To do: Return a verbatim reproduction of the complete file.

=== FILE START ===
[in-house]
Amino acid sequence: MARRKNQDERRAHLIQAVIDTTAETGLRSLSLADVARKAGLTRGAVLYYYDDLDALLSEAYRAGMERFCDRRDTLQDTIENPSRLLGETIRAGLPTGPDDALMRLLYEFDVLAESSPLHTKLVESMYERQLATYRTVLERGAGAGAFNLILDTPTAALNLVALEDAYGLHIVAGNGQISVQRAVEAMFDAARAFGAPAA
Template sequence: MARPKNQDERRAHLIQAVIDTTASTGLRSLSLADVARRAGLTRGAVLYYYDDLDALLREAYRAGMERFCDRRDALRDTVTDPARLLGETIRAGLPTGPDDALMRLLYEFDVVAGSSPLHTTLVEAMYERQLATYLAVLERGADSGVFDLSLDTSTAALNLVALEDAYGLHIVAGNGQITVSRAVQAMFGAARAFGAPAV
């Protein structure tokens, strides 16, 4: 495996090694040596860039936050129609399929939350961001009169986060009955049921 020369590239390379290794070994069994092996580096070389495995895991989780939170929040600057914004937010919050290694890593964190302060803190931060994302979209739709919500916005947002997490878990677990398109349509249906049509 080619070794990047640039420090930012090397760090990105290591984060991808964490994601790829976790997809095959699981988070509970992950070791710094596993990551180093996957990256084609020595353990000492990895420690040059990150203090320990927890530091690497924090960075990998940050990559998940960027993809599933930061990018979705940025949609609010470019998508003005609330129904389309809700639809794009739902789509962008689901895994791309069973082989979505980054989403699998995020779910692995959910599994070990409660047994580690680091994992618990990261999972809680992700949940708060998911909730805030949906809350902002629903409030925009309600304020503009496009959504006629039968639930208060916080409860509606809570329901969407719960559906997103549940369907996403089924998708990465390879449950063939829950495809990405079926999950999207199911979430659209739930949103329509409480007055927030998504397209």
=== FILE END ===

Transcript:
[in-house]
Amino acid sequence: MARRKNQDERRAHLIQAVIDTTAETGLRSLSLADVARKAGLTRGAVLYYYDDLDALLSEAYRAGMERFCDRRDTLQDTIENPSRLLGETIRAGLPTGPDDALMRLLYEFDVLAESSPLHTKLVESMYERQLATYRTVLERGAGAGAFNLILDTPTAALNLVALEDAYGLHIVAGNGQISVQRAVEAMFDAARAFGAPAA
Template sequence: MARPKNQDERRAHLIQAVIDTTASTGLRSLSLADVARRAGLTRGAVLYYYDDLDALLREAYRAGMERFCDRRDALRDTVTDPARLLGETIRAGLPTGPDDALMRLLYEFDVVAGSSPLHTTLVEAMYERQLATYLAVLERGADSGVFDLSLDTSTAALNLVALEDAYGLHIVAGNGQITVSRAVQAMFGAARAFGAPAV
């Protein structure tokens, strides 16, 4: 495996090694040596860039936050129609399929939350961001009169986060009955049921 020369590239390379290794070994069994092996580096070389495995895991989780939170929040600057914004937010919050290694890593964190302060803190931060994302979209739709919500916005947002997490878990677990398109349509249906049509 080619070794990047640039420090930012090397760090990105290591984060991808964490994601790829976790997809095959699981988070509970992950070791710094596993990551180093996957990256084609020595353990000492990895420690040059990150203090320990927890530091690497924090960075990998940050990559998940960027993809599933930061990018979705940025949609609010470019998508003005609330129904389309809700639809794009739902789509962008689901895994791309069973082989979505980054989403699998995020779910692995959910599994070990409660047994580690680091994992618990990261999972809680992700949940708060998911909730805030949906809350902002629903409030925009309600304020503009496009959504006629039968639930208060916080409860509606809570329901969407719960559906997103549940369907996403089924998708990465390879449950063939829950495809990405079926999950999207199911979430659209739930949103329509409480007055927030998504397209």